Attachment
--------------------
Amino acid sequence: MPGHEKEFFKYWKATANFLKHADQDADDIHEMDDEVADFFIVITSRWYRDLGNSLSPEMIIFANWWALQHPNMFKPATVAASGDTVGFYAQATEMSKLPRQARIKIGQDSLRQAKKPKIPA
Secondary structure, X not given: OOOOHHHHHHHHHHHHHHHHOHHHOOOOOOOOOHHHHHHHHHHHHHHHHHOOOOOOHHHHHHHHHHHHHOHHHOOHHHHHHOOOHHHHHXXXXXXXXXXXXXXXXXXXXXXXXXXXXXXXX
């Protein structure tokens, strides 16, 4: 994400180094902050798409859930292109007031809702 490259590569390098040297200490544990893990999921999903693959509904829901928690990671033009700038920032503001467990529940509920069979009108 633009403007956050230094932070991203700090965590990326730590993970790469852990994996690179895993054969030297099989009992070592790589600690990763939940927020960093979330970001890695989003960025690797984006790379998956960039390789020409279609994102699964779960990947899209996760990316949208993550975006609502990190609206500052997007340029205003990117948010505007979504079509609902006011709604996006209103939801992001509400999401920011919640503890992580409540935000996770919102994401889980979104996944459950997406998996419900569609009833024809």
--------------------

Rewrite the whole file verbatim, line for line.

Amino acid sequence: MPGHEKEFFKYWKATANFLKHADQDADDIHEMDDEVADFFIVITSRWYRDLGNSLSPEMIIFANWWALQHPNMFKPATVAASGDTVGFYAQATEMSKLPRQARIKIGQDSLRQAKKPKIPA
Secondary structure, X not given: OOOOHHHHHHHHHHHHHHHHOHHHOOOOOOOOOHHHHHHHHHHHHHHHHHOOOOOOHHHHHHHHHHHHHOHHHOOHHHHHHOOOHHHHHXXXXXXXXXXXXXXXXXXXXXXXXXXXXXXXX
């Protein structure tokens, strides 16, 4: 994400180094902050798409859930292109007031809702 490259590569390098040297200490544990893990999921999903693959509904829901928690990671033009700038920032503001467990529940509920069979009108 633009403007956050230094932070991203700090965590990326730590993970790469852990994996690179895993054969030297099989009992070592790589600690990763939940927020960093979330970001890695989003960025690797984006790379998956960039390789020409279609994102699964779960990947899209996760990316949208993550975006609502990190609206500052997007340029205003990117948010505007979504079509609902006011709604996006209103939801992001509400999401920011919640503890992580409540935000996770919102994401889980979104996944459950997406998996419900569609009833024809």